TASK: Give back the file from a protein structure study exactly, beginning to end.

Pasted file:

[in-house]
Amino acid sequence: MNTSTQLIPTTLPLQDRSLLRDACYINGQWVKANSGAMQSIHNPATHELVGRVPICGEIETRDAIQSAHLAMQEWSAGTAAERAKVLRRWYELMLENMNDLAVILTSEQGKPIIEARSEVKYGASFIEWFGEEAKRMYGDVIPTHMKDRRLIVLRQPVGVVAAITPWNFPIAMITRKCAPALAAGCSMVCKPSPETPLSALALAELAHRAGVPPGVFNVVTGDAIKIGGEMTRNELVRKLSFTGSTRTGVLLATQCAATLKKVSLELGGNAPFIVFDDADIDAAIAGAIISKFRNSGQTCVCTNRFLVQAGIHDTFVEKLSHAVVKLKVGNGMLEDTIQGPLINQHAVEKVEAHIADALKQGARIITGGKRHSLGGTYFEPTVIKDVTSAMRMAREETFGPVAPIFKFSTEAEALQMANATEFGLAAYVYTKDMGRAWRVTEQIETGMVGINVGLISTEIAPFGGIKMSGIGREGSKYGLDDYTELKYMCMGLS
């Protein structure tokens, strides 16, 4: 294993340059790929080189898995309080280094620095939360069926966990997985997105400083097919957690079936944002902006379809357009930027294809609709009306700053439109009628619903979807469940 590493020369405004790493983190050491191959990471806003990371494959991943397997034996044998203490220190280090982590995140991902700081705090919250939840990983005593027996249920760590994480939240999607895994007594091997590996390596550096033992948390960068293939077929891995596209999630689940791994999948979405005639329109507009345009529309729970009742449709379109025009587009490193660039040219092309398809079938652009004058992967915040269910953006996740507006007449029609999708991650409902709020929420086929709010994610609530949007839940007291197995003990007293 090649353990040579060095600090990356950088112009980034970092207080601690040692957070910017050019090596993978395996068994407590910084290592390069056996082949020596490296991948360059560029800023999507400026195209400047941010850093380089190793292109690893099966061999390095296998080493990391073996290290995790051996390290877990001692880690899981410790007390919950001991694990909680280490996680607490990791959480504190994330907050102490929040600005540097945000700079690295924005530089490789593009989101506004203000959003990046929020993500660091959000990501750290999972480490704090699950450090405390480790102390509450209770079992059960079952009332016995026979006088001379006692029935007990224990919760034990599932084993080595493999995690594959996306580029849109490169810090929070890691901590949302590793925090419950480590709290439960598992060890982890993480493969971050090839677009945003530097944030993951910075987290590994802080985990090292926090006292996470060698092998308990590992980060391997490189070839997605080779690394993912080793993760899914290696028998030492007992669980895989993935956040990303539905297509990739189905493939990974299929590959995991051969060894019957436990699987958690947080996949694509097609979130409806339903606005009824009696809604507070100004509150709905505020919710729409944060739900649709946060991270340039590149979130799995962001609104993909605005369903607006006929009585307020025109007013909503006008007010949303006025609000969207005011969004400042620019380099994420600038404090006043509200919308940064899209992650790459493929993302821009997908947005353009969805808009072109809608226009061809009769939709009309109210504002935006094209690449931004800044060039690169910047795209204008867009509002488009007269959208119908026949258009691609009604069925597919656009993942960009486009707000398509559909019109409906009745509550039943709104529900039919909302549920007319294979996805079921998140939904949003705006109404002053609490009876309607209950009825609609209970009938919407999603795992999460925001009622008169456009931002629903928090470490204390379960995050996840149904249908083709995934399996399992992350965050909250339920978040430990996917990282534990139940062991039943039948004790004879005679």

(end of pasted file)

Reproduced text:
[in-house]
Amino acid sequence: MNTSTQLIPTTLPLQDRSLLRDACYINGQWVKANSGAMQSIHNPATHELVGRVPICGEIETRDAIQSAHLAMQEWSAGTAAERAKVLRRWYELMLENMNDLAVILTSEQGKPIIEARSEVKYGASFIEWFGEEAKRMYGDVIPTHMKDRRLIVLRQPVGVVAAITPWNFPIAMITRKCAPALAAGCSMVCKPSPETPLSALALAELAHRAGVPPGVFNVVTGDAIKIGGEMTRNELVRKLSFTGSTRTGVLLATQCAATLKKVSLELGGNAPFIVFDDADIDAAIAGAIISKFRNSGQTCVCTNRFLVQAGIHDTFVEKLSHAVVKLKVGNGMLEDTIQGPLINQHAVEKVEAHIADALKQGARIITGGKRHSLGGTYFEPTVIKDVTSAMRMAREETFGPVAPIFKFSTEAEALQMANATEFGLAAYVYTKDMGRAWRVTEQIETGMVGINVGLISTEIAPFGGIKMSGIGREGSKYGLDDYTELKYMCMGLS
């Protein structure tokens, strides 16, 4: 294993340059790929080189898995309080280094620095939360069926966990997985997105400083097919957690079936944002902006379809357009930027294809609709009306700053439109009628619903979807469940 590493020369405004790493983190050491191959990471806003990371494959991943397997034996044998203490220190280090982590995140991902700081705090919250939840990983005593027996249920760590994480939240999607895994007594091997590996390596550096033992948390960068293939077929891995596209999630689940791994999948979405005639329109507009345009529309729970009742449709379109025009587009490193660039040219092309398809079938652009004058992967915040269910953006996740507006007449029609999708991650409902709020929420086929709010994610609530949007839940007291197995003990007293 090649353990040579060095600090990356950088112009980034970092207080601690040692957070910017050019090596993978395996068994407590910084290592390069056996082949020596490296991948360059560029800023999507400026195209400047941010850093380089190793292109690893099966061999390095296998080493990391073996290290995790051996390290877990001692880690899981410790007390919950001991694990909680280490996680607490990791959480504190994330907050102490929040600005540097945000700079690295924005530089490789593009989101506004203000959003990046929020993500660091959000990501750290999972480490704090699950450090405390480790102390509450209770079992059960079952009332016995026979006088001379006692029935007990224990919760034990599932084993080595493999995690594959996306580029849109490169810090929070890691901590949302590793925090419950480590709290439960598992060890982890993480493969971050090839677009945003530097944030993951910075987290590994802080985990090292926090006292996470060698092998308990590992980060391997490189070839997605080779690394993912080793993760899914290696028998030492007992669980895989993935956040990303539905297509990739189905493939990974299929590959995991051969060894019957436990699987958690947080996949694509097609979130409806339903606005009824009696809604507070100004509150709905505020919710729409944060739900649709946060991270340039590149979130799995962001609104993909605005369903607006006929009585307020025109007013909503006008007010949303006025609000969207005011969004400042620019380099994420600038404090006043509200919308940064899209992650790459493929993302821009997908947005353009969805808009072109809608226009061809009769939709009309109210504002935006094209690449931004800044060039690169910047795209204008867009509002488009007269959208119908026949258009691609009604069925597919656009993942960009486009707000398509559909019109409906009745509550039943709104529900039919909302549920007319294979996805079921998140939904949003705006109404002053609490009876309607209950009825609609209970009938919407999603795992999460925001009622008169456009931002629903928090470490204390379960995050996840149904249908083709995934399996399992992350965050909250339920978040430990996917990282534990139940062991039943039948004790004879005679």